BOSTON, July 13 /PRNewswire/ -- New data pooled from four large, "real world" post-marketing surveillance studies showed that sucrose-formulated recombinant factor VIII (rFVIII-FS) reduced bleeding and provided data regarding adverse events in more than 950 patients with mild-to-severe hemophilia A. Additionally, rates of inhibitor formation were reported in both previously treated and previously untreated patients. The data were presented at the XXII Congress of the International Society on Thrombosis and Haemostasis (ISTH).(1)(2)
In this analysis, the investigators judged rFVIII-FS hemostasis to be "good" or "very good" in 98.9 percent of patients. Serious adverse drug reactions were seen in 1.1 percent of patients and new (de novo) inhibitors were observed in 0.8 percent of patients.
"In a 'real world' setting, these data reflect some of the extensive global clinical experience with rFVIII-FS," said Georg Lemm, M.D., Ph.D., vice president, Global Clinical Development, and head, Hematology Group, Bayer Schering Pharma. "It is particularly noteworthy that a low rate of inhibitor formation was observed in this analysis of data pooled from post-marketing surveillance studies. Inhibitor formation is a significant challenge for both clinicians and their patients, and its treatment is costly and requires significant time to overcome."
Open label study investigating the efficacy of prophylactic versus on-demand rFVIII-FS treatment
In another presentation, (3) data from an open label clinical study that enrolled 20 adult men with severe hemophilia A (with and without target joints) demonstrated that patients who were changed from on-demand to prophylactic (preventive) infusions of rFVIII-FS had significantly reduced median joint bleeds per 6-month treatment period (zero events versus 15.0 events, respectively; P<0.001) and improved median total Gilbert Scores (18 versus 25, respectively; P<0.001) compared with on-demand treatment.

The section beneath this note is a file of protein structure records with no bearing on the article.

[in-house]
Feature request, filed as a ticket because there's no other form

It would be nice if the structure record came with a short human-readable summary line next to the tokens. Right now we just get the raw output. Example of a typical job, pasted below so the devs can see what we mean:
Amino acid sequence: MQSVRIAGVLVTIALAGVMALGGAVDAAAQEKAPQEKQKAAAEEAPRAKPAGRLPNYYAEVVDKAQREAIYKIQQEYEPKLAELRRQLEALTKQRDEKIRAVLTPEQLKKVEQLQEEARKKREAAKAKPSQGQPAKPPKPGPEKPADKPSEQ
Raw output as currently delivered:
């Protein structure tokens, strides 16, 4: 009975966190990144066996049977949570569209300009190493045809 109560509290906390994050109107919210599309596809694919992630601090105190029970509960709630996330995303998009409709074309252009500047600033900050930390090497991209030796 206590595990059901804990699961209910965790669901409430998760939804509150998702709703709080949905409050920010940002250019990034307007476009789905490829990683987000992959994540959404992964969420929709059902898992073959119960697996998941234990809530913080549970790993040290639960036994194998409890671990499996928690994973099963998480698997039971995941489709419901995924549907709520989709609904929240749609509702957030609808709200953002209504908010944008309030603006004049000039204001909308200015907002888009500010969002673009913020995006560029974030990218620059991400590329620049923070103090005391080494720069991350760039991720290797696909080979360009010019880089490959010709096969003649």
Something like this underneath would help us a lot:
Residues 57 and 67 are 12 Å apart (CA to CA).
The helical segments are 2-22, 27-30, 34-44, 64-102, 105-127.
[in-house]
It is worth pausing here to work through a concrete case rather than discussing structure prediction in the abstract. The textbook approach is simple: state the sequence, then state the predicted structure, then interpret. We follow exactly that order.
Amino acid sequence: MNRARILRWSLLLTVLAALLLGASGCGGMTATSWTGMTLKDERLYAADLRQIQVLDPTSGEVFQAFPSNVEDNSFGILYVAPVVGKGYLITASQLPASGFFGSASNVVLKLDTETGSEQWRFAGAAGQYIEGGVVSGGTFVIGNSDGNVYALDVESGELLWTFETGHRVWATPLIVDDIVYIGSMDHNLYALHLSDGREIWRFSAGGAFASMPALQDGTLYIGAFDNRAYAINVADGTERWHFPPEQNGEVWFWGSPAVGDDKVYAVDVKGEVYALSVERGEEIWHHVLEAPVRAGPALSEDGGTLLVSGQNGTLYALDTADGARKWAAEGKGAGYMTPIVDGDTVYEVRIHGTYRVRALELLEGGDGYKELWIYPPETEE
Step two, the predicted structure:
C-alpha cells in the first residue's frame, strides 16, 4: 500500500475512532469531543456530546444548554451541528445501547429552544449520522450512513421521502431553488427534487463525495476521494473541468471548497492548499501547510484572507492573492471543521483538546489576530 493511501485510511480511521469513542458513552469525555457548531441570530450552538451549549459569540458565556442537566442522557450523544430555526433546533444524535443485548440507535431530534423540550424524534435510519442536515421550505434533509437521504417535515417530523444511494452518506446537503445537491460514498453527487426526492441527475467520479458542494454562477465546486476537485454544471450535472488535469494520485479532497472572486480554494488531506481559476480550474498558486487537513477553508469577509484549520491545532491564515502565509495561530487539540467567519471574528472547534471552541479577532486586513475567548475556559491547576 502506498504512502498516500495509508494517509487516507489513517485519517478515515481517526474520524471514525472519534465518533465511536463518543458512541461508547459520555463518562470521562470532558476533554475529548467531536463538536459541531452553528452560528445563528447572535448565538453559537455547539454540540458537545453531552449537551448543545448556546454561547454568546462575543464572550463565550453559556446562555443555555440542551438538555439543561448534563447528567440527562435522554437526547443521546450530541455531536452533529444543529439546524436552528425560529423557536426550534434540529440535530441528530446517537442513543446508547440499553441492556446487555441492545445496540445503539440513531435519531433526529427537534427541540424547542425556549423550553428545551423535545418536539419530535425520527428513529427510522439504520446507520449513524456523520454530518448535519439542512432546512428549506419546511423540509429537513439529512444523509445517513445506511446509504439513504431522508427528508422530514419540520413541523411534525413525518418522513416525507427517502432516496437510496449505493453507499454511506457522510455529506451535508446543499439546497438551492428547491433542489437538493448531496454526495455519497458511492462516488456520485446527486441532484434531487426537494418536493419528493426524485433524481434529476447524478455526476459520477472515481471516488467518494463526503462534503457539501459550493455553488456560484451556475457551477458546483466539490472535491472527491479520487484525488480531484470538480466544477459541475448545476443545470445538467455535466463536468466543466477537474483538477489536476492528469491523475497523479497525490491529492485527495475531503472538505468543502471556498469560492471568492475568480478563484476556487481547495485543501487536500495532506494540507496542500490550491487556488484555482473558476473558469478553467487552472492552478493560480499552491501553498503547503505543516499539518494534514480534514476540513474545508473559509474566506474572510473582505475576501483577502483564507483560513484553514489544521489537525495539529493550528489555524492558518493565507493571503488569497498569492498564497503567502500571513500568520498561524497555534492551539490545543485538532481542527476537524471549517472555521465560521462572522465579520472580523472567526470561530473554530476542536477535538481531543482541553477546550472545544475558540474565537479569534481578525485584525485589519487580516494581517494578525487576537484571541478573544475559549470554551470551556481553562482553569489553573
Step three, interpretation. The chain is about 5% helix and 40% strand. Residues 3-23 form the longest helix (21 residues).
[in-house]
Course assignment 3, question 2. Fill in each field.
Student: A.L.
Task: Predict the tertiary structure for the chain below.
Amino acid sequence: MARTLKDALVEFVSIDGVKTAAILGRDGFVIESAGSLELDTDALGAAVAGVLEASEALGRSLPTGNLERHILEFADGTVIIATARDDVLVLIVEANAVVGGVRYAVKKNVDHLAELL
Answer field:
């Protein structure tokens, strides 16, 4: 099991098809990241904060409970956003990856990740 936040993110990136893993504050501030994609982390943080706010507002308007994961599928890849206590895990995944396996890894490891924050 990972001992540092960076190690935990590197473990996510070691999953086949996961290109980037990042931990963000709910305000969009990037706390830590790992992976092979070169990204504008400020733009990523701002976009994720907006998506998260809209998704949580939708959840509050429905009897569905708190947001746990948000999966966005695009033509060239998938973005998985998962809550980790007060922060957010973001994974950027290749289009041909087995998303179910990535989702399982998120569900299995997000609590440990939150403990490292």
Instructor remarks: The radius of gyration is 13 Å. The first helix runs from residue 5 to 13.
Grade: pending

Fifty-one adverse drug events reported; of them, 94 percent were mild or moderate, and did not lead to study withdrawal. Six serious adverse drug reactions did occur, none of which were considered treatment related by the investigators.
Poster no. PP-MO-577: Post-marketing experience with sucrose-formulated recombinant factor VIII in patients with hemophilia A.
Pooled results from four open-label, post-marketing studies were reported by Katsuyuki Fukutake, M.D., Tokyo Medical University Hospital, Tokyo, Japan. The investigators judged hemostasis to be "very good" or "good" in 98.9 percent of 953 patients and patient acceptance was rated as "good" or "very good" for 97.4 percent of patients. Treatment-related adverse drug events were observed in 13 of 967 patients (1 percent), while only 11 patients (1.1 percent) experienced serious adverse drug reactions, including inhibitor formation, hemarthrosis and catheter placement complications. Tolerability was judged by the investigators to be "very good" or "good" in 99 percent of patients.
One or two infusions were required to treat bleeds in 87.5 percent of patients who used rFVIII-FS for on demand bleeding. For prophylaxis, one or two infusions were used by 76.4 percent of patients. In addition, rFVIII-FS was effective in controlling bleeding during surgical procedures, with hemostasis judged as "excellent" or "good" in 93.4 percent of 61 procedures.
Poster no. PP-WE-579: Inhibitor formation with sucrose-formulated recombinant factor VIII in patients with hemophilia A: Results from post-marketing surveillance studies.
Dr. Fukutake also reported pooled results evaluating inhibitor formation following rFVIII-FS treatment from the same four open-label studies. The study assessed de novo, recurrent and ongoing inhibitor formation in 967 patients across the four studies. Nearly 95 percent of patients had received prior treatment, 76 (7.9 percent) of whom had a history of inhibitors.
Fourteen of the 967 patients evaluated (1.4 percent) experienced a positive inhibitor test during the study period. De novo inhibitors were detected in seven of 891 patients (0.8 percent; mean treatment duration 90 +/-50 days [mean+/-SD]) and recurrent or ongoing inhibitors were found in 7 of 76 patients with a positive inhibitor history (mean treatment duration 76.9+/-123.2 days). One patient of 51 previously untreated patients developed inhibitors and of the 348 patients who reported prior treatment with plasma-derived FVIII, none developed inhibitors upon switching to rFVIII-FS.